If it’s self-destructive but nearly impossible to quit… you might as well call it an addiction. (And no… I’m not calling for anyone to step in and save me from myself).

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  4. We should treat drugs like web apps

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  5. yuryprokashev Friday, May 25, 2012

    There are “addictive” techs and there are not. And it is not only FB or Twitter, who invented that.
    Take more than 50 years old TV technology, for example. Or radio…
    TV channels are producing a hell amount of visual information just to keep you watching… Watching ads.

    So as FB and Google (YouTube). 99% of media business models are based on user’s “addiction”. Grabbing user’s interest and keeping it.

    I was playing Civ3 every evening and night during 2 months, when I was 22.
    And I know, this kind of game addiction can be healed only if you consume it without limitation. You consume it till the moment you start to hate it.
    It works for me. It should work for others as well.

    Same for TV. I spent about 72 hours in a row stupidly watching TV.
    Now I don’t watch TV at all.

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    1. yuryprokashev Friday, May 25, 2012

      So if one says that we need to treat addictive web apps like drugs – let’s treat all media businesses and platforms like drugs, then.

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      1. Derrick Harris Friday, May 25, 2012

        That’s a fair point. I could argue there’s a difference because most other media aren’t as interactive and don’t involve as much social pressure. But, generally, you’re right — another reason regulation is next to impossible.

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      2. yuryprokashev Friday, May 25, 2012

        Well, interactivity in apps is like discovery of nuclear reaction.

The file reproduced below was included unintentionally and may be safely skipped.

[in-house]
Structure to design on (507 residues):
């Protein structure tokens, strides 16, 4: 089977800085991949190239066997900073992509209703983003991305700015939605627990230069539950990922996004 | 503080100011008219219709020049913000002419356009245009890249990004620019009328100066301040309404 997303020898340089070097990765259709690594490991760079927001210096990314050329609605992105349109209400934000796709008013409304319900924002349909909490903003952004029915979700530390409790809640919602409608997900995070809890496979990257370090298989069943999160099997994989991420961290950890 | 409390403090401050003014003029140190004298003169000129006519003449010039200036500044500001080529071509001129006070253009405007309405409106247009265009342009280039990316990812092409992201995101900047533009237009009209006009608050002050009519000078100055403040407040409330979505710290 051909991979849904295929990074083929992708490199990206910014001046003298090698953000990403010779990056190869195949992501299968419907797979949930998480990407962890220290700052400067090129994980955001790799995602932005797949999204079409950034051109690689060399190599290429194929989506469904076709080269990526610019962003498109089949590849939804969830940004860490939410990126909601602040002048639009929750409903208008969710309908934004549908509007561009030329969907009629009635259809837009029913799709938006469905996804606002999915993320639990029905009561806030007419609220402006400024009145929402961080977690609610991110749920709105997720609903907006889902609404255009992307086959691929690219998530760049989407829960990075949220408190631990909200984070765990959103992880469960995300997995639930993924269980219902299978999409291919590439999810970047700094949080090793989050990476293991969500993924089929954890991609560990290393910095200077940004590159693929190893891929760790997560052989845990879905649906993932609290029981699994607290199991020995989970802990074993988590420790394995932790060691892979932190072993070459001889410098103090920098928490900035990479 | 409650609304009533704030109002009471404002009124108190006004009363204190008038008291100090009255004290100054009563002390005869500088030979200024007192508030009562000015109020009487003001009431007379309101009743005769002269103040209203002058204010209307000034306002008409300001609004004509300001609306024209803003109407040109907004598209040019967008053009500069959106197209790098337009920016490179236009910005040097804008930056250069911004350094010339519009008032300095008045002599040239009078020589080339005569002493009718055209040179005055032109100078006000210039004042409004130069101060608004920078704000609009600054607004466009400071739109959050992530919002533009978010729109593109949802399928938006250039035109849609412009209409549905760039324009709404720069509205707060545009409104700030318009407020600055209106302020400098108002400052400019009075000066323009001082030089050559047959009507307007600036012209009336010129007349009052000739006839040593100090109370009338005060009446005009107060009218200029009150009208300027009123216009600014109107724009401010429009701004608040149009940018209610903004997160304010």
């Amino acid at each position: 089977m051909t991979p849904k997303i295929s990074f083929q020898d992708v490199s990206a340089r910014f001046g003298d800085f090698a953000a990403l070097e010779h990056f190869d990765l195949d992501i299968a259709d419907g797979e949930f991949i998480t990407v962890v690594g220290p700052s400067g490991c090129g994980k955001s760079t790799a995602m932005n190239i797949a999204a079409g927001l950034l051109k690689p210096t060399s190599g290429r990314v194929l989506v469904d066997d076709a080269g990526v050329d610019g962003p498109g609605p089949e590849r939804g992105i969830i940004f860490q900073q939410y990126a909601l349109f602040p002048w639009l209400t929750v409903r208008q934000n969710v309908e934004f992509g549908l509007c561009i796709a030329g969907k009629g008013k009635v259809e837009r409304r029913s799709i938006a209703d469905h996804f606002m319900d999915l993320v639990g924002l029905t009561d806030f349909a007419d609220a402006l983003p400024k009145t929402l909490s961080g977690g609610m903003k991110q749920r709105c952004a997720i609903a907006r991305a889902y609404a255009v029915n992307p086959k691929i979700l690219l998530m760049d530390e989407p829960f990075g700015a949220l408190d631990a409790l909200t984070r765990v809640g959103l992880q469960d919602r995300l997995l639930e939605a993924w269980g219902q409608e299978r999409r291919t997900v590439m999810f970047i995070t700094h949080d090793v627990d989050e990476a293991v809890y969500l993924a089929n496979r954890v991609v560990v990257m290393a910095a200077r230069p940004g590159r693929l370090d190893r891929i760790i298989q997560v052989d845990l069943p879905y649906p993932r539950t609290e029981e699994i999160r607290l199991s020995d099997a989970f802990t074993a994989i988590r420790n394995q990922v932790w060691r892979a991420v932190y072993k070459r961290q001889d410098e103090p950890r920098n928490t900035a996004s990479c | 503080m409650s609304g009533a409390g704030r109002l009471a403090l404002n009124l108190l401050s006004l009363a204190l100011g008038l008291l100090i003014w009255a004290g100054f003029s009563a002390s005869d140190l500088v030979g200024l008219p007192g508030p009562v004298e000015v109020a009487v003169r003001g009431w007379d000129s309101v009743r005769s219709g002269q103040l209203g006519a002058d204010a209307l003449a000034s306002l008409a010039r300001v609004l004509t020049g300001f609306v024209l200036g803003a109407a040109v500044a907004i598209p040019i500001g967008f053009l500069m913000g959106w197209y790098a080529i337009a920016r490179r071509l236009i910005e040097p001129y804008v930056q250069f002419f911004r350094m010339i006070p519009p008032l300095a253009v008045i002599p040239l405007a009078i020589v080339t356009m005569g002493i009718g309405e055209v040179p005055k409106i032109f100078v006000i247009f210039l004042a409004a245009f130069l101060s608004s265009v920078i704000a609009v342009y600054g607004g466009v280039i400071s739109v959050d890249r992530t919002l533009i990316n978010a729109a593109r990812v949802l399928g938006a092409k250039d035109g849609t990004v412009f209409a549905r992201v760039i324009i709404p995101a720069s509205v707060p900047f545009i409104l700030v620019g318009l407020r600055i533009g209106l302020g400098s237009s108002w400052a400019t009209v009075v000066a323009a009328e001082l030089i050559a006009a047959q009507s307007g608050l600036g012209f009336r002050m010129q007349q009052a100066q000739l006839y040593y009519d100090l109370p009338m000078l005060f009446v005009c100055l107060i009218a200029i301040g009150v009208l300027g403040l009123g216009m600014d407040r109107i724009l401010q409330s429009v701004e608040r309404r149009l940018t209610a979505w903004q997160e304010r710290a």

One can use it to create truly different educational experience (like lumosity.com). Another one can use it to do “shoot ‘em all” apps. Really up to developer to decide.
        I didn’t catch your point about “social pressure”. What do you mean? Why social pressure should force me to use FB or Twitter?

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        1. Derrick Harris Friday, May 25, 2012

          There’s a pressure on some platforms, such as FB and Twitter, to always be on and be engaged in the conversation. Constant alerts, updates, etc., make sure you’re always reminded. My news sites or other media, for the most part, leave me alone.

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  6. Susan McWhirter Friday, May 25, 2012

    I had to share this article, I was one of the people just playing the games, now I use it to see what people like and need. Thank you for this great information

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  7. Barry Dennis Friday, May 25, 2012

    Each “new” thing in the Internet space does indeed attract followers, some curious, some addicted, some -marketers mostly-manipulative. It might be helpful to note that the current trend in infrastructure and app development leads to Convergence AAA (AnyThing, AnyTime, AnyWhere). We will soon see-are already seeing-home health aps, tons of home education app’s, work-at-home is growing rapidly, and more to come. The limiting factors include more bandwidth and spectrum for the inevitable “mostly wireless” Internet I expect, and more clearly defined and managed separation between Social and other applications that serve equally desirable purposes-think LinkedIn vs. Facebook, even SalesForce vs. Twitter. Many “service” providers are still trying to be “everything for everybody,” a recipe for failure and dilution of audience credibility if ever there was one.

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  8. I agree that we need to become more aware of the addictive potential of technologies that have greater access to us, collect more personal data, and at faster speeds than ever before. This is a recipe for everything that is wired becoming more addictive. I’ve been writing about habit design on my blog at: http://www.nirandfar.com